Origin of hackney
- Middle English hakenei probably after Hakenei , Hackney, a borough of London, England, where such horses were raised
From American Heritage Dictionary of the English Language, 5th Edition
- The senses "a horse" and "(a means of transport) available for hire" derive from the fact that many horses were kept in the London borough of Hackney, and were available for hire. The place name is from Old English Hacan ieg "Hacan's Isle" ("Hook's Island"), referring to dry land in a marsh.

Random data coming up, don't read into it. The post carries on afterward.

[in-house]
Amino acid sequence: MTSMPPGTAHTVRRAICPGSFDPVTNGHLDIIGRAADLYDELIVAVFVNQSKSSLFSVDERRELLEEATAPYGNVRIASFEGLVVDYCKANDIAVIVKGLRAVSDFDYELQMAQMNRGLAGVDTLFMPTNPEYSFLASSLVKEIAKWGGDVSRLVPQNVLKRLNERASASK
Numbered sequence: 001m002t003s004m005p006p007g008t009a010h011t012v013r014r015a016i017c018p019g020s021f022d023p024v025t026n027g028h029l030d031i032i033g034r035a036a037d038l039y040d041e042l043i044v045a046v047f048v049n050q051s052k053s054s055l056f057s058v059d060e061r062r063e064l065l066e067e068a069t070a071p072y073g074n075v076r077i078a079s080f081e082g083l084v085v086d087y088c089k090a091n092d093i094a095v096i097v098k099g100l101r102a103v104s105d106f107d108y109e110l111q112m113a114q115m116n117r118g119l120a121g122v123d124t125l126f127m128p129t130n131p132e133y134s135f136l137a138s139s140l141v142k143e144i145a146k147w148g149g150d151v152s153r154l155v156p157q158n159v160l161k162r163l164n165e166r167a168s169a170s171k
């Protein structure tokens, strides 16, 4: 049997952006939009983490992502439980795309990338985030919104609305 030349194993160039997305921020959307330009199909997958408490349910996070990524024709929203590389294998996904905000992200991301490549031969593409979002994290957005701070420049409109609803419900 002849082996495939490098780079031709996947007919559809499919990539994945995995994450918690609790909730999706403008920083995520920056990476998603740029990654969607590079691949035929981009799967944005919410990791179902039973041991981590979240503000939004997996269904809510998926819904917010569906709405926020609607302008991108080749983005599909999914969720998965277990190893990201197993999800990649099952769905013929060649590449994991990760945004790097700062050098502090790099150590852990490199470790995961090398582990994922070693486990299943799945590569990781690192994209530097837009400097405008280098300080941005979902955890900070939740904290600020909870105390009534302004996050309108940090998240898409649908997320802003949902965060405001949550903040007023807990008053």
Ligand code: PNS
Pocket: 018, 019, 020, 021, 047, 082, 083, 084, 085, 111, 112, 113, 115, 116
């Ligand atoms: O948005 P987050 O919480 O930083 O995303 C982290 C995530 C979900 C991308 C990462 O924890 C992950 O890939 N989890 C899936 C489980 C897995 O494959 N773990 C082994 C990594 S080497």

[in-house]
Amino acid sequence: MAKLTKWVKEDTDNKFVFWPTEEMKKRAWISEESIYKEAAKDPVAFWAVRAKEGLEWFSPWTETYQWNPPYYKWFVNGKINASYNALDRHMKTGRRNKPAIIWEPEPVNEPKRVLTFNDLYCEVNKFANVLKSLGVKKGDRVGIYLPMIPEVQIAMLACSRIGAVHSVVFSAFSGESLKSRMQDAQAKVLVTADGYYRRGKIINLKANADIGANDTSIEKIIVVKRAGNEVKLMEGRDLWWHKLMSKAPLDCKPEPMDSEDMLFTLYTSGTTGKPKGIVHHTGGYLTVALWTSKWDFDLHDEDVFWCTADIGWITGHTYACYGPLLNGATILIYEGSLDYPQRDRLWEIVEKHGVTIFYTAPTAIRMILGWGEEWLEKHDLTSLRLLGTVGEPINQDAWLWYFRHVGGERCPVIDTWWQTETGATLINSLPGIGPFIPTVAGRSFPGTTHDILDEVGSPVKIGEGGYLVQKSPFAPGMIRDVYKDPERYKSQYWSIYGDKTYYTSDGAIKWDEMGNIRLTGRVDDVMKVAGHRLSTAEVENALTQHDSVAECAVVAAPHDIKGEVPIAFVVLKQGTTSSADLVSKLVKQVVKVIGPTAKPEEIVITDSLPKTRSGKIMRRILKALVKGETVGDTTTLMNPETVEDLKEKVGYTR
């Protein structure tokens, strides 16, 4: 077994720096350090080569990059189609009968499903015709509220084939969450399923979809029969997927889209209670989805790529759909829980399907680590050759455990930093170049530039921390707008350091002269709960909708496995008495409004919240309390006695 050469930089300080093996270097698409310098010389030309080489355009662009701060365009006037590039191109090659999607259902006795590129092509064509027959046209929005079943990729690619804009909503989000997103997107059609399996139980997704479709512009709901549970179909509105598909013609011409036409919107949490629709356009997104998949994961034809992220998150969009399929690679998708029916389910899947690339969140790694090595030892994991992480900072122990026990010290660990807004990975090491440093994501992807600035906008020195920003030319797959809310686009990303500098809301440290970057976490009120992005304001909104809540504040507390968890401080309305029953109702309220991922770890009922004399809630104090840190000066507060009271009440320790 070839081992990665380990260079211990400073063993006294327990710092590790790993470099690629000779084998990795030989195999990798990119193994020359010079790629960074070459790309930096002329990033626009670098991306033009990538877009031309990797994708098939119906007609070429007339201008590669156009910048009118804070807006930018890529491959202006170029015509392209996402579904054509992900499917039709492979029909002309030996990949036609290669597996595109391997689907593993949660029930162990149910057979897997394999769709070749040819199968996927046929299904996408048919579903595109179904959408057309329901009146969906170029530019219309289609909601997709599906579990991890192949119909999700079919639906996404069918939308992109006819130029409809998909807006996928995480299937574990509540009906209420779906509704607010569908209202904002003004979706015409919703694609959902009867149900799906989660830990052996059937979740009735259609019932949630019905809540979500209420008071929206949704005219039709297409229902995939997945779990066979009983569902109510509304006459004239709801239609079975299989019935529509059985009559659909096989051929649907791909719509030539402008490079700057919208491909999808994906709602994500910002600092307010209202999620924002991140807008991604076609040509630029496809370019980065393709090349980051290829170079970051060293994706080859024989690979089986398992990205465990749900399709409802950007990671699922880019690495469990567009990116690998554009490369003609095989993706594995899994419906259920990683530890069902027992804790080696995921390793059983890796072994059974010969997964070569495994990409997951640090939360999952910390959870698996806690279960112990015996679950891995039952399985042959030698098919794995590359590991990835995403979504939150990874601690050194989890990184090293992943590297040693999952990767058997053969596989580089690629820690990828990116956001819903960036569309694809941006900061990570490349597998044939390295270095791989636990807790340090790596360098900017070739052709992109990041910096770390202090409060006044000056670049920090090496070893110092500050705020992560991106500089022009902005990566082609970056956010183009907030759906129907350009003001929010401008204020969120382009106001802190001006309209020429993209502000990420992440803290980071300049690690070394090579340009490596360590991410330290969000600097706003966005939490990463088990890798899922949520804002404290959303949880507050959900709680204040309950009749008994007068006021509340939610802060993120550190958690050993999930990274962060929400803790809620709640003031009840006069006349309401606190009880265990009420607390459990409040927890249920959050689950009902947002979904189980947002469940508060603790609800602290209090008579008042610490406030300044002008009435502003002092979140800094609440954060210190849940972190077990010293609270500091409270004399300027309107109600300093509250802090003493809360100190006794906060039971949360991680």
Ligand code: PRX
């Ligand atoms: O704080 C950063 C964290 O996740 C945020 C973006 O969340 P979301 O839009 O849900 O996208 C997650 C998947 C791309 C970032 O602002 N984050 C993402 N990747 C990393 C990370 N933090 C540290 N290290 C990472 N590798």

- Probably from Hackney, formerly a town, now a borough of London, used for grazing horses before sale, or from Old French haquenee (“ambling mare for ladies”), Latinized in England to hakeneius (though some recent French sources report that the English usage predates the French)